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Lime Twig

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ISBN-10: 0140189823

ISBN-13: 9780140189827

Edition: 1996

Authors: John Hawkes, Patrick McGrath, Robert Coover

List price: $24.00
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Description:

Set in postwar London, the Lime Twig is the story of a young man who becomes involved with the underworld, Second Skin is a tale of suicide and new life on two mythical islands, and Travesty is a harrowing monologue on fear and eroticism.
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Book details

List price: $24.00
Copyright year: 1996
Publisher: Penguin Publishing Group
Publication date: 6/1/1996
Binding: Paperback
Pages: 384
Size: 5.25" wide x 7.75" long x 0.75" tall
Weight: 0.550
Language: English

Author John Hawkes was born in Stamford, Connecticut on August 17, 1925. During World War II, he joined the American Field Service and was an ambulance driver in Italy and Germany from the summer of 1944 to the summer of 1945. He taught at Brown University for thirty years. He wrote eighteen novels, four plays, and a volume of poetry during his lifetime. His first novel, The Cannibal, was published in 1949. His other works include The Lime Twig, The Beetle Leg, and Virginie: Her Two Lives. His novel Adventures in the Alaskan Skin Trade won France's Prix Medicis �tranger in 1986. He died on May 15, 1998.

Patrick McGrath was born in London in 1950 and grew up near Broadmoor Hospital where his father was the medical superintendent for many years. He attended Stonyhurst College and received his BA in English from the University of London. Among other jobs, he worked as an orderly in a mental hospital and as a teacher before becoming a writer. He is seen as a leader of the neo-Gothic writers; his books include Spider, The Grotesque, Port Mungo, Trauma and Asylum. His novel Martha Peake won the Premio Flaiano Prize in Italy. McGrath resides in New York City and London.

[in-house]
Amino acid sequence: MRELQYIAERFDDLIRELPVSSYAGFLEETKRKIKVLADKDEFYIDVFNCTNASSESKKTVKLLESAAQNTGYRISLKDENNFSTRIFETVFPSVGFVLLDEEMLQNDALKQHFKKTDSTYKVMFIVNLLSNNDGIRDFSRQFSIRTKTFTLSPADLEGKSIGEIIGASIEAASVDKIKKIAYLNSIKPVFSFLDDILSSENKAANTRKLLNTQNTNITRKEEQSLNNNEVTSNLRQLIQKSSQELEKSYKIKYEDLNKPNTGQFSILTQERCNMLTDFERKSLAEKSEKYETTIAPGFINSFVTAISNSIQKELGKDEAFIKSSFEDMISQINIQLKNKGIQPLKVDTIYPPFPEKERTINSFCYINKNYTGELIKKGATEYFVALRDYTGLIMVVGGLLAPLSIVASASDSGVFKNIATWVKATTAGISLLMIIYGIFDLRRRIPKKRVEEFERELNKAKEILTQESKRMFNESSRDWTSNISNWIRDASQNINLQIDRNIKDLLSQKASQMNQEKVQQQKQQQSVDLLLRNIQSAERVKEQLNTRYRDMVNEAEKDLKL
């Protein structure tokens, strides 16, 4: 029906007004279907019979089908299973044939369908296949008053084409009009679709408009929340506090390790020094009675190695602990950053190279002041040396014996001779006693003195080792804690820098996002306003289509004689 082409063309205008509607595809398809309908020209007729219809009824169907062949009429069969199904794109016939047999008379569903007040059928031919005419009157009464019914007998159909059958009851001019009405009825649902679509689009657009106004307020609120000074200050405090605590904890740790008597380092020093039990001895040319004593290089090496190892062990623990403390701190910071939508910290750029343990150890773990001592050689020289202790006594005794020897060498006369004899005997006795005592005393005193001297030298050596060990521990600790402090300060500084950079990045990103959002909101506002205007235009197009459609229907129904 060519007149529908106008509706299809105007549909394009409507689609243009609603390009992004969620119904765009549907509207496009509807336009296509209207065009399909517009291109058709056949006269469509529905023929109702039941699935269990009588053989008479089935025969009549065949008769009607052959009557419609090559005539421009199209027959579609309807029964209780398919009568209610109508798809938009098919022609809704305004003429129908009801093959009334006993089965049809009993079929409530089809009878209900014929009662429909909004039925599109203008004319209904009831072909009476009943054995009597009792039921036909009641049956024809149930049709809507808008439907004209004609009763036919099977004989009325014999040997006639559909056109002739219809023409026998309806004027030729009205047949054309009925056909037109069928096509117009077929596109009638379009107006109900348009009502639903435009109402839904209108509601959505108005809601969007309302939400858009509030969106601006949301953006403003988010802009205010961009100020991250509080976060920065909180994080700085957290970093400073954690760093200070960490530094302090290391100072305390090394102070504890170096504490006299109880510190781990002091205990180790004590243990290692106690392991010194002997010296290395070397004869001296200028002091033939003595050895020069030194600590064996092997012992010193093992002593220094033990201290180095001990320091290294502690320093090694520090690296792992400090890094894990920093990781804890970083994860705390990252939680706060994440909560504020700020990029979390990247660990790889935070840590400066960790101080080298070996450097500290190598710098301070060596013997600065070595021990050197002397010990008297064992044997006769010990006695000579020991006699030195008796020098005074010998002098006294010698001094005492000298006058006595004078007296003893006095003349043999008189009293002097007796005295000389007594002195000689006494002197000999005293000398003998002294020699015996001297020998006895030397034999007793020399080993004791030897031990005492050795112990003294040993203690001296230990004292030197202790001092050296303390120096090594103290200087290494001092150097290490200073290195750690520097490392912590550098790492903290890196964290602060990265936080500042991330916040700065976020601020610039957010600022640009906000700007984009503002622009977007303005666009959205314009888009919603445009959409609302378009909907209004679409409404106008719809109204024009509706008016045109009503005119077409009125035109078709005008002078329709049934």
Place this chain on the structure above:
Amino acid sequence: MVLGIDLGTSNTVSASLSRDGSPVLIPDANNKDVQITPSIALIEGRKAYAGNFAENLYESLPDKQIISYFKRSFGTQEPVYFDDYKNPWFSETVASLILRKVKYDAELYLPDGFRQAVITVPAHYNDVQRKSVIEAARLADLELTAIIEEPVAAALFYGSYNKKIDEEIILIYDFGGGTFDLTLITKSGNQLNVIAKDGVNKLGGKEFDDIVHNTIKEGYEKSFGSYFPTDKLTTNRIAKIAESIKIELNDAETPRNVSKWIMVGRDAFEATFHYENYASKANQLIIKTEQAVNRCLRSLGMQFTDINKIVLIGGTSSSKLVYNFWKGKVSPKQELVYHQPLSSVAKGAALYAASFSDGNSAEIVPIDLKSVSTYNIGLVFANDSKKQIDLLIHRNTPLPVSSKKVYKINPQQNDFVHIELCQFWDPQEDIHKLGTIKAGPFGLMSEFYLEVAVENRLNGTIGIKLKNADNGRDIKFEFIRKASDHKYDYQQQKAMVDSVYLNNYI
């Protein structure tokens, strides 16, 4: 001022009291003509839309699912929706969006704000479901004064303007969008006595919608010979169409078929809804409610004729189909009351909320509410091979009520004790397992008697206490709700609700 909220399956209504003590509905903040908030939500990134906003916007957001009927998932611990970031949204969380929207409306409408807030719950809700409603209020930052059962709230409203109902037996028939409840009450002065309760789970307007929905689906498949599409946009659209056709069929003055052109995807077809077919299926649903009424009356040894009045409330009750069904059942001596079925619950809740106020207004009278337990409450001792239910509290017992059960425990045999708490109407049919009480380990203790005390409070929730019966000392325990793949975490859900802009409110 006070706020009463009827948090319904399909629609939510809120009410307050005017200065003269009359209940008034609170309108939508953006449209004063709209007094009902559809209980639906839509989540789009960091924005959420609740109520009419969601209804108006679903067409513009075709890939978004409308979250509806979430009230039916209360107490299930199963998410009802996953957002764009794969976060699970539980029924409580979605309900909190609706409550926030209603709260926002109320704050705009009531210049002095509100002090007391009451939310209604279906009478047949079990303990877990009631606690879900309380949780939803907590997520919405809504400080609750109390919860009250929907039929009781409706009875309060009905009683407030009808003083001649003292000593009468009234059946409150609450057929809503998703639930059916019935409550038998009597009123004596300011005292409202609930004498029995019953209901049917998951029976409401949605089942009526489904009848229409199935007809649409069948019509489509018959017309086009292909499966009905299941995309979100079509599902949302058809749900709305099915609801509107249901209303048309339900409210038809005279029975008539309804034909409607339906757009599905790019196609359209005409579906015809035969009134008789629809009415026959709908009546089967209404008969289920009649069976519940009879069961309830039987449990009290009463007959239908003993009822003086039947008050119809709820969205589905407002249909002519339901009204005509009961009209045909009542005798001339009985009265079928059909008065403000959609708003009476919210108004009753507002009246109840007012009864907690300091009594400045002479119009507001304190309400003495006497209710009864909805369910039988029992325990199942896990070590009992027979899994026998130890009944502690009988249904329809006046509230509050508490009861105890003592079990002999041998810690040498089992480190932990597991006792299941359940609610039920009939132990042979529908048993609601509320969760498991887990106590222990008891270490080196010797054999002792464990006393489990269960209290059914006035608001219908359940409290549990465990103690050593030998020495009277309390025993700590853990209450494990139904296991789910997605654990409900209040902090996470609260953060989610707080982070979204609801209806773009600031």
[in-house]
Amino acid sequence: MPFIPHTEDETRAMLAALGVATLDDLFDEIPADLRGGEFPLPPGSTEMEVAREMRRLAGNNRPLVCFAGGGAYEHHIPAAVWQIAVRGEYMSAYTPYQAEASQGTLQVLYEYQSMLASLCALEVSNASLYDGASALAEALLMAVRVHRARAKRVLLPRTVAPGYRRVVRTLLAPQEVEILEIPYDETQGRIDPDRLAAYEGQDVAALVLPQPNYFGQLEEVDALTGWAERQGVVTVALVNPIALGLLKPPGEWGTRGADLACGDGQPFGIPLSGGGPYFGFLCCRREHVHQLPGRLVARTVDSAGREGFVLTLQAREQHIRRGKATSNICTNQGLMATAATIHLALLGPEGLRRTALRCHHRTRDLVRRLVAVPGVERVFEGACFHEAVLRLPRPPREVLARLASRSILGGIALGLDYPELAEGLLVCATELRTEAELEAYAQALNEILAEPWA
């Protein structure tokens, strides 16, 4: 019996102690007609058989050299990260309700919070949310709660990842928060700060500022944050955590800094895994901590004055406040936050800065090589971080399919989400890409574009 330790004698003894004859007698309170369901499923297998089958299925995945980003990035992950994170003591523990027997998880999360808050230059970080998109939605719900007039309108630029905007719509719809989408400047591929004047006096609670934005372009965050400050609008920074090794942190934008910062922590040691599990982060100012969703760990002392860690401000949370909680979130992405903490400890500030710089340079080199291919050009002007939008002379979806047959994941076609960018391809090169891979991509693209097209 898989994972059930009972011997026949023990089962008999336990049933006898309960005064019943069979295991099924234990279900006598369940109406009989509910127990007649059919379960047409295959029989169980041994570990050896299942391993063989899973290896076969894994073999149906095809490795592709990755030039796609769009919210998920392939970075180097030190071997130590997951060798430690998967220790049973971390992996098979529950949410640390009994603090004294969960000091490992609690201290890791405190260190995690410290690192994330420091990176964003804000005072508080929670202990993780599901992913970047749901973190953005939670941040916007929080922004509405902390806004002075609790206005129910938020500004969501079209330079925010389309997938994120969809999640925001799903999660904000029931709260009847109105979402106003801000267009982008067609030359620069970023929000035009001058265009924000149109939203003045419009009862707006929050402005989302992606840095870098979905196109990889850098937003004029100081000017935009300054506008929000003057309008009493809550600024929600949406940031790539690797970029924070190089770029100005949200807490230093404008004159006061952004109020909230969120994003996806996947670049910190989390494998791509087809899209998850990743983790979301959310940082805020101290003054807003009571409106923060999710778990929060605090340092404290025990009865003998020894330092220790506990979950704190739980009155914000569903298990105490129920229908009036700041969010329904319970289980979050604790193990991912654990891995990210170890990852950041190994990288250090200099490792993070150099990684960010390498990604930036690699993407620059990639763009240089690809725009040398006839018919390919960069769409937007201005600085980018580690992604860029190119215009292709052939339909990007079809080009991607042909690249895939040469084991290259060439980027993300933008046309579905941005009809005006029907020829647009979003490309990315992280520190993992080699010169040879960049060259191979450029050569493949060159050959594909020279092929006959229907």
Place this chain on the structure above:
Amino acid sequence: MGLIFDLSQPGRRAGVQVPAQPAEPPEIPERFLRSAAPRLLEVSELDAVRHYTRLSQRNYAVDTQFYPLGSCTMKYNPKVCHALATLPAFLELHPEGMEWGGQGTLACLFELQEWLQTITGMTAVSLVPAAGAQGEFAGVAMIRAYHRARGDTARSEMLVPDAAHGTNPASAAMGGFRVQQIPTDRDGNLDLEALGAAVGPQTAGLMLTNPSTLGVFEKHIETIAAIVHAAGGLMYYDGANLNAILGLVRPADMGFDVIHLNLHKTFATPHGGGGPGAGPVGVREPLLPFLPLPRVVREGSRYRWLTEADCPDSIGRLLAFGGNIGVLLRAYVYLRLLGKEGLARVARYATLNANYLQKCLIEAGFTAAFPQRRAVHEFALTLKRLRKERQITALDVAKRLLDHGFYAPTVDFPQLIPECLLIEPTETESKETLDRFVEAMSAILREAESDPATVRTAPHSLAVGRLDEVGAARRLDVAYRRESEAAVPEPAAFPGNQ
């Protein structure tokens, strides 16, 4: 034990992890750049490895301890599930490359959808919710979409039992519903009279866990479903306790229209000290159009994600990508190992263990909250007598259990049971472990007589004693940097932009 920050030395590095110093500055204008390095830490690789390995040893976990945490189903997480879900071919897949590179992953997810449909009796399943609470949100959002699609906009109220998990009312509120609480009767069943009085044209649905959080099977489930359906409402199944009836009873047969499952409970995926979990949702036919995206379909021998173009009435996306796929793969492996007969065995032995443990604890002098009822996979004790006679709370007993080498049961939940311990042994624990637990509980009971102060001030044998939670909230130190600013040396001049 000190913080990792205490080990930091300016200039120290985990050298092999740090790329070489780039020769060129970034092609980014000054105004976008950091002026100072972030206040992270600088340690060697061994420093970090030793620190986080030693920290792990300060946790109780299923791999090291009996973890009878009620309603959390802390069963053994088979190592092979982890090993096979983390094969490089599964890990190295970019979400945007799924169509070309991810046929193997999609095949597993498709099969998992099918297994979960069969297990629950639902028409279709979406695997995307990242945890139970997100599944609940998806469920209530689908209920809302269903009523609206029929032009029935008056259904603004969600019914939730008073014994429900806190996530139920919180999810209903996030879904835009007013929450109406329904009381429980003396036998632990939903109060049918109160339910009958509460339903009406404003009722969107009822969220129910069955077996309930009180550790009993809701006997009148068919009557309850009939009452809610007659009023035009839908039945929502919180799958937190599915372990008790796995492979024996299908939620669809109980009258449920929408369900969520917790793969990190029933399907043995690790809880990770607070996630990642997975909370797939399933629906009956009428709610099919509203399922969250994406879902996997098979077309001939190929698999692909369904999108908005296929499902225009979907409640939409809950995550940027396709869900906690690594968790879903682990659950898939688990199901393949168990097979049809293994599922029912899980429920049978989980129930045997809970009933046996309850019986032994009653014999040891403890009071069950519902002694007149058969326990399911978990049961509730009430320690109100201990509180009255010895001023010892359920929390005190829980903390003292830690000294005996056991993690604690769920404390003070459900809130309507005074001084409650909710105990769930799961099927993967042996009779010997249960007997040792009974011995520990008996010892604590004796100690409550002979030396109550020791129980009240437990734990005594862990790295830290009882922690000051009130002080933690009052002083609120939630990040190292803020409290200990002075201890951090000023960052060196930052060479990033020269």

Robert Coover is a midwesterner who has earned a reputation as one of the most innovative of contemporary writers of fiction. Coover likes to experiment with an abundance of differing styles. The Origin of the Brunists (1966), his first novel, is a religious parable heavily loaded with symbolism and mythical parallels. It deals with the rise following an Appalachian coal-mine disaster of a sect of worshipers made up of fundamentalists and theosophists whose leader, Giovanni Bruno, is less a preacher than a silent enigma. The principal analogue is apparently meant to be the founding of the Christian religion, but Coover's extensive irony requires that he reverse many of the traditional…